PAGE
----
“She has infringed upon our constitutional right to keep and bear arms. She has voted to make all citizens less safe and to drive hundreds of jobs from Colorado,” reads an excerpt of the petition emailed by Mike McAlpine, a spokesman for Recall Hudak, too.
The anti-gun senator also drew the ire of Second Amendment advocates after she lectured rape survivor Amanda Collins during a hearing on gun control in March. Collins had a concealed weapons permit but was not carrying due to her college’s gun-free zone policy. Katie reported on the exchange at the time:
After her testimony, Collins was met with a factually deficient lecture from Democratic State Senator Evi Hudak, who told Collins “statistics aren’t on your side” and pointed out that Collins wasn’t able to overpower her attacker despite being an expert in martial arts. This is where the “Hudak can’t be serious moment” comes in.
“I just want to say statistics are not on your side, even if you had had a gun. You said that you were a martial arts student, I mean person, experience in taekwondo, and yet because this individual was so large and was able to overcome you even with your skills, and chances are that if you had had a gun, then he would have been able to get than from you and possibly use it against you,” Hudak said.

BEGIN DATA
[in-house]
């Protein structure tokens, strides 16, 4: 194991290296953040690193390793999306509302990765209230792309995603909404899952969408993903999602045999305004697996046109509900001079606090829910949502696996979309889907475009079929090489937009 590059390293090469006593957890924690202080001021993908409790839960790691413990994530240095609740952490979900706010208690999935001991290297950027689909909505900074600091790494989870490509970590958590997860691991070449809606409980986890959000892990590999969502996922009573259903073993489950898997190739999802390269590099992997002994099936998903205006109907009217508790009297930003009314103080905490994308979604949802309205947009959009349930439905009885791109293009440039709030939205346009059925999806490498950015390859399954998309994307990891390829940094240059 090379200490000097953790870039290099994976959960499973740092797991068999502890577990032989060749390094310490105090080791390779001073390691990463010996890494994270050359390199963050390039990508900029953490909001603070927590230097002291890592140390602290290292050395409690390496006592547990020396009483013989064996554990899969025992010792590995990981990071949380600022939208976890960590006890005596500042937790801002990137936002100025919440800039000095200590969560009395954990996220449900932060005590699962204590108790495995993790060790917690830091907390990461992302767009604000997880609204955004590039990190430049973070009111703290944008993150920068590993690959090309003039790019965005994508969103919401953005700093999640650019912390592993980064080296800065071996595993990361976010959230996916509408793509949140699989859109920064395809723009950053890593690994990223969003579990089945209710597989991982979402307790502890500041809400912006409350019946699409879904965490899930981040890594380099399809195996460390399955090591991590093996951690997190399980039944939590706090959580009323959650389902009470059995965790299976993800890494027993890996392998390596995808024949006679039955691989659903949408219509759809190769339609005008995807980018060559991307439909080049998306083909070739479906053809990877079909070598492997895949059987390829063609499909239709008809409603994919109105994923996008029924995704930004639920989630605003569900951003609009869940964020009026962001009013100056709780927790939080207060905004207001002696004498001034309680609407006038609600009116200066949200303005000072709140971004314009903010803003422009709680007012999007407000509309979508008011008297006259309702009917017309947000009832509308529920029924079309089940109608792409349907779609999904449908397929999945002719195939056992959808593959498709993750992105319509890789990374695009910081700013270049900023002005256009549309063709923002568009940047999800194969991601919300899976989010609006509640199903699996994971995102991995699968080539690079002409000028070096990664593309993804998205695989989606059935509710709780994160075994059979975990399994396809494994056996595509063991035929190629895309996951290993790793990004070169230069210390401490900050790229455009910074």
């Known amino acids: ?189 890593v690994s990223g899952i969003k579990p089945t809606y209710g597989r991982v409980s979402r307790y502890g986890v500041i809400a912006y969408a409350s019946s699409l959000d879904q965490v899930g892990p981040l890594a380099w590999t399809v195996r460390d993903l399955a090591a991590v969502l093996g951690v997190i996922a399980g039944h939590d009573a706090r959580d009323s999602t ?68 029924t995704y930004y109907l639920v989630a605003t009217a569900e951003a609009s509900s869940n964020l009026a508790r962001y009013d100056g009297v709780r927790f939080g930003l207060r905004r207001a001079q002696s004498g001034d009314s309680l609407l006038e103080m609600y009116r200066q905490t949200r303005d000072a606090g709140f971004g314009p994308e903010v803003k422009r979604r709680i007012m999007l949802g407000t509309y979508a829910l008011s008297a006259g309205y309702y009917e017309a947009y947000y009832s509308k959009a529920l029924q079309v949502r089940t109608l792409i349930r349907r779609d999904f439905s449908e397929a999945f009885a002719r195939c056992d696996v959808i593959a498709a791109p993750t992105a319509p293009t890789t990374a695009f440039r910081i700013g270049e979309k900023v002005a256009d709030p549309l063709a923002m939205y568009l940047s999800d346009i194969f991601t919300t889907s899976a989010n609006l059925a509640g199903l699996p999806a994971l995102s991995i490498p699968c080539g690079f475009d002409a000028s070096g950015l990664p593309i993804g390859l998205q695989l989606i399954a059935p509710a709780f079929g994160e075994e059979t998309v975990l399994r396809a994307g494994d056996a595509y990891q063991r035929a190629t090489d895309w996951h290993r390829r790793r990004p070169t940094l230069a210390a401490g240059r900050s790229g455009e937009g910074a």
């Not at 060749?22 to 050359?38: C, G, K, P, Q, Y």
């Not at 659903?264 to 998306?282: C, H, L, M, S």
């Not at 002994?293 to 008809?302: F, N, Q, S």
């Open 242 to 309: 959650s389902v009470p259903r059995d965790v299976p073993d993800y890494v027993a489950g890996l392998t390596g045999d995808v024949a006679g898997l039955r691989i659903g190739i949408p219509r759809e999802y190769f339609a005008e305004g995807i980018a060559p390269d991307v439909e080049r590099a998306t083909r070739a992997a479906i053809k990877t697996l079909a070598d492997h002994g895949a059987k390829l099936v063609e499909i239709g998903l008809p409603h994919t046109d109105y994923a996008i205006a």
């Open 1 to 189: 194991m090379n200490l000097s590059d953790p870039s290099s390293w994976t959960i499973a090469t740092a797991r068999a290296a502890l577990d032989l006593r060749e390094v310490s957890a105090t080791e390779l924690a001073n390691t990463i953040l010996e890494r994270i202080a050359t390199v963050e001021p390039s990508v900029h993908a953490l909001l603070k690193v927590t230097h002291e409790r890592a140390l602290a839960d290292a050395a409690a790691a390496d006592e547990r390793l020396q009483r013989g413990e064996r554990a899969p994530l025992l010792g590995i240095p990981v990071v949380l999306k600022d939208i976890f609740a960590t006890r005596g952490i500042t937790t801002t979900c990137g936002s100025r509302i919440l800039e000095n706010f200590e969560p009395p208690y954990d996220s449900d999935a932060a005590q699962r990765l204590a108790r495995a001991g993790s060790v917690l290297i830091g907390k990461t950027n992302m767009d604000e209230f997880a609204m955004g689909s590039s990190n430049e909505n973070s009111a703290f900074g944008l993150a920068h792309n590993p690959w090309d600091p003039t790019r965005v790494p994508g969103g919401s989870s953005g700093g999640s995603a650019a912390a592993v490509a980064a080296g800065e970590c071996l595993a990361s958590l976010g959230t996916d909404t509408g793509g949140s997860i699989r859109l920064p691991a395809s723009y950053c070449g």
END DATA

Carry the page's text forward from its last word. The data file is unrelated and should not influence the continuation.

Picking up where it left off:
Collins responded by saying, “Respectfully Senator, you weren’t there…I was there, I know without a doubt in my mind at some point I would have been able to stop my attack by using my firearm. He already had a weapon of his own, he didn’t need mine.”
The group’s petition to have a recall placed on the ballot was approved Oct. 4, meaning they have already begun gathering signatures from Senate District 19 to meet the 18,300 threshold—although their goal is to collect at least 25,000 during the 60-day time frame.
The effort puts in motion what many in Colorado political circles have feared: a continuous and never ending election cycle.
Hudak’s Democratic colleagues, Senate President John Morse and Sen. Angela Giron were ousted from office in September by voters in their southern Colorado districts for backing controversial gun-control laws.
Hudak’s metro-area district mirrors Morse’s in that it’s divided into thirds among Democrats, Republicans and unaffilated voters. Hudak won the seat in 2012 by about 580 votes with a third-party candidate on the ballot.
Second time’s a charm?